Happy Hatsuyume! The First Dream of The New Year

Today we're going to explore a little New Year dream mythology.

But firstly, I'd like to wish you all a very happy 2017 and a lucky Hatsuyume!

Hatsuyme is a Japanese tradition, and translates literally as "First Dream". Hatsu meaning first or beginning, and Yume meaning dream.

In Japan, the very first dream following New Year's Eve is considered auspicious and sets the mood for the coming year.

In fact it is customary for the Japanese to predict their fortune based upon their Hatsuyume.

For those looking for good luck, the symbols of Mount Fuji, a hawk, and an eggplant (in that particular order) are considered the most fortunate.

Mount Fuji - the highest mountain in Japan - is said to represent safety and security.

The hawk, a strong and intelligent bird, represents the highest.

And the eggplant represents Achievement - on account for the Japanese word for eggplant suggesting greatness.

However, a slightly less exciting theory for the choice of these symbols is that these were simply the favourite things of Tokugawa Ieyasu, the founder of Japan’s first shogun!

This superstition has spawned many methods for inducing good dreams.

One tradition suggests leaving an image of the seven deities of good fortune beneath your pillow - their ships loaded with treasure. An alternative is to leave a palindrome. 

Alternatively, should you have a nightmare, you can call upon the mythical Baku, a supernatural beast which is known for eating dreams!

A Baku has an elephant's head, including a trunk and tusks - but also has horns and a tiger's claws.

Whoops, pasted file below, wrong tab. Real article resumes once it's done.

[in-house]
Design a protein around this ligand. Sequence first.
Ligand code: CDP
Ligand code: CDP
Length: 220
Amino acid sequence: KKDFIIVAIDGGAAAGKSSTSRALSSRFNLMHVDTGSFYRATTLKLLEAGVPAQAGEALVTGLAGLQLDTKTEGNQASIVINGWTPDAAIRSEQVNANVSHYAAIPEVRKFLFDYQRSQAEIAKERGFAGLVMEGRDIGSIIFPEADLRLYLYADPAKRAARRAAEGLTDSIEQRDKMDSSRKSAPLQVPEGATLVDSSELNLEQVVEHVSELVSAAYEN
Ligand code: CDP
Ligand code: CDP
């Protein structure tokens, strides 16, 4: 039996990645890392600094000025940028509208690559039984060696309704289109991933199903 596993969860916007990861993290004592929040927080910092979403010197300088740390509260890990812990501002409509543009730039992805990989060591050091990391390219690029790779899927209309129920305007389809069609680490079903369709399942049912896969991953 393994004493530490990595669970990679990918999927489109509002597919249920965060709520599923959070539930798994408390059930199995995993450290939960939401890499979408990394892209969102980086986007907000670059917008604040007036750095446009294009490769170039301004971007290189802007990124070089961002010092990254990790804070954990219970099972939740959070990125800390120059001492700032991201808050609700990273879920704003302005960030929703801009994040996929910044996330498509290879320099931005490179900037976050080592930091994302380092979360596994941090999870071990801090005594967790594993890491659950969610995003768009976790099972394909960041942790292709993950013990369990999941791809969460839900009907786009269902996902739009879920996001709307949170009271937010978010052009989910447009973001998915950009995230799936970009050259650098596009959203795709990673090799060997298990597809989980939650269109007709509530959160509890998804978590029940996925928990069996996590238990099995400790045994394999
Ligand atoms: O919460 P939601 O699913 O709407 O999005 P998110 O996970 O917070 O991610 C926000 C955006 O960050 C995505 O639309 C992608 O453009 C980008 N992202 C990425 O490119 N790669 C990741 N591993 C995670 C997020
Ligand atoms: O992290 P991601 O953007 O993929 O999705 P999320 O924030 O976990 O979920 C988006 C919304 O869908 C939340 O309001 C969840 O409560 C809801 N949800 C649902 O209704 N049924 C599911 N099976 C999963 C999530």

However, Baku is also the Japanese word for the Tapir - and often the dream eating abilities of the mythical Baku are also attributed to this somewhat more humble creature.

So should a follower of this tradition be unfortunate and have a nightmare, they would call three times "Baku-san come eat my dream" - in order to feed the negative dream to the Baku.

But one has to be careful when summoning a Baku, as they have big appetites. There is the risk that they'll also eat your good dreams!

In fact, it's still a common practice today for Japanese children to sleep with a Baku talisman by their bedside - it's a similar tradition to a dream catcher.

It's always fascinating to explore dreaming traditions around the world, and the Baku and HatsuYume are certainly among the most colourful.

Of course, it's wise not to take them too seriously. In our modern world, we're now much closer to understanding the causes and nature of the dreaming mind than ever before.

But myth, magic and story have always been part of the dreaming landscape. And, in my opinion - when seen as a testament to the creativity of human imagination – is most certainly a good thing!

So, do you remember your first dream of the year?

If so share it in the comments below, I'd love to hear more.

I wish you all lucky HatsuYume and a lucid 2017!

About The Authors

About The Author

Daniel Love is a British lucid dreaming researcher whose goal is to share lucid dreaming in an honest and thoughtful manner. He aims to dispel some of the myths and misunderstandings surrounding the subject, with the hope that it will help bring the wonders and benefits to a wider audience.